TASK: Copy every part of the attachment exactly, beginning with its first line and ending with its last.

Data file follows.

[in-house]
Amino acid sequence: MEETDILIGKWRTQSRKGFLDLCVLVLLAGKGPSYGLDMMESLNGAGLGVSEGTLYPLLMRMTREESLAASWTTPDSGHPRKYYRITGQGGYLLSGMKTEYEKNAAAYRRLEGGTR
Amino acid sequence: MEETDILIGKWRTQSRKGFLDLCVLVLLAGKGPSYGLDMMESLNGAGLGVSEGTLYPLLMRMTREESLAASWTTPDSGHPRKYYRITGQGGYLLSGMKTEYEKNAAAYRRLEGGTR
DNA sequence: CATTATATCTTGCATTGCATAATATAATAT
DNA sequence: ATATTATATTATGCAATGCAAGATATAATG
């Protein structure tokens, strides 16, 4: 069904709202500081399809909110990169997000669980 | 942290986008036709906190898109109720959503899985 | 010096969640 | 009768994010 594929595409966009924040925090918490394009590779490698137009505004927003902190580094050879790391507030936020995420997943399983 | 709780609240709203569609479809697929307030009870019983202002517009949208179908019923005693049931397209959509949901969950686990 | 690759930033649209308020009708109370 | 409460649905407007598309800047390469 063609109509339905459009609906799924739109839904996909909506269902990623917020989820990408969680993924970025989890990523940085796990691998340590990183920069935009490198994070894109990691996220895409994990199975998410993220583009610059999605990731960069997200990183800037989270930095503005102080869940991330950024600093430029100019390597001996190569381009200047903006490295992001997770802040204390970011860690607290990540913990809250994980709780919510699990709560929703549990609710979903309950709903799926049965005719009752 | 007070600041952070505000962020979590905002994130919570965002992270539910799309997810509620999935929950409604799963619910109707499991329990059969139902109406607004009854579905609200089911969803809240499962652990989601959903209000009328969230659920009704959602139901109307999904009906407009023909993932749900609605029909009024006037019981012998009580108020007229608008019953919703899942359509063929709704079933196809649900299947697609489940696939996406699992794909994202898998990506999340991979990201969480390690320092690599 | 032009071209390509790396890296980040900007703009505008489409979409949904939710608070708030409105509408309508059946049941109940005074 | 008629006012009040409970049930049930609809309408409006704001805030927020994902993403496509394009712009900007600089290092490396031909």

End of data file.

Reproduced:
[in-house]
Amino acid sequence: MEETDILIGKWRTQSRKGFLDLCVLVLLAGKGPSYGLDMMESLNGAGLGVSEGTLYPLLMRMTREESLAASWTTPDSGHPRKYYRITGQGGYLLSGMKTEYEKNAAAYRRLEGGTR
Amino acid sequence: MEETDILIGKWRTQSRKGFLDLCVLVLLAGKGPSYGLDMMESLNGAGLGVSEGTLYPLLMRMTREESLAASWTTPDSGHPRKYYRITGQGGYLLSGMKTEYEKNAAAYRRLEGGTR
DNA sequence: CATTATATCTTGCATTGCATAATATAATAT
DNA sequence: ATATTATATTATGCAATGCAAGATATAATG
């Protein structure tokens, strides 16, 4: 069904709202500081399809909110990169997000669980 | 942290986008036709906190898109109720959503899985 | 010096969640 | 009768994010 594929595409966009924040925090918490394009590779490698137009505004927003902190580094050879790391507030936020995420997943399983 | 709780609240709203569609479809697929307030009870019983202002517009949208179908019923005693049931397209959509949901969950686990 | 690759930033649209308020009708109370 | 409460649905407007598309800047390469 063609109509339905459009609906799924739109839904996909909506269902990623917020989820990408969680993924970025989890990523940085796990691998340590990183920069935009490198994070894109990691996220895409994990199975998410993220583009610059999605990731960069997200990183800037989270930095503005102080869940991330950024600093430029100019390597001996190569381009200047903006490295992001997770802040204390970011860690607290990540913990809250994980709780919510699990709560929703549990609710979903309950709903799926049965005719009752 | 007070600041952070505000962020979590905002994130919570965002992270539910799309997810509620999935929950409604799963619910109707499991329990059969139902109406607004009854579905609200089911969803809240499962652990989601959903209000009328969230659920009704959602139901109307999904009906407009023909993932749900609605029909009024006037019981012998009580108020007229608008019953919703899942359509063929709704079933196809649900299947697609489940696939996406699992794909994202898998990506999340991979990201969480390690320092690599 | 032009071209390509790396890296980040900007703009505008489409979409949904939710608070708030409105509408309508059946049941109940005074 | 008629006012009040409970049930049930609809309408409006704001805030927020994902993403496509394009712009900007600089290092490396031909």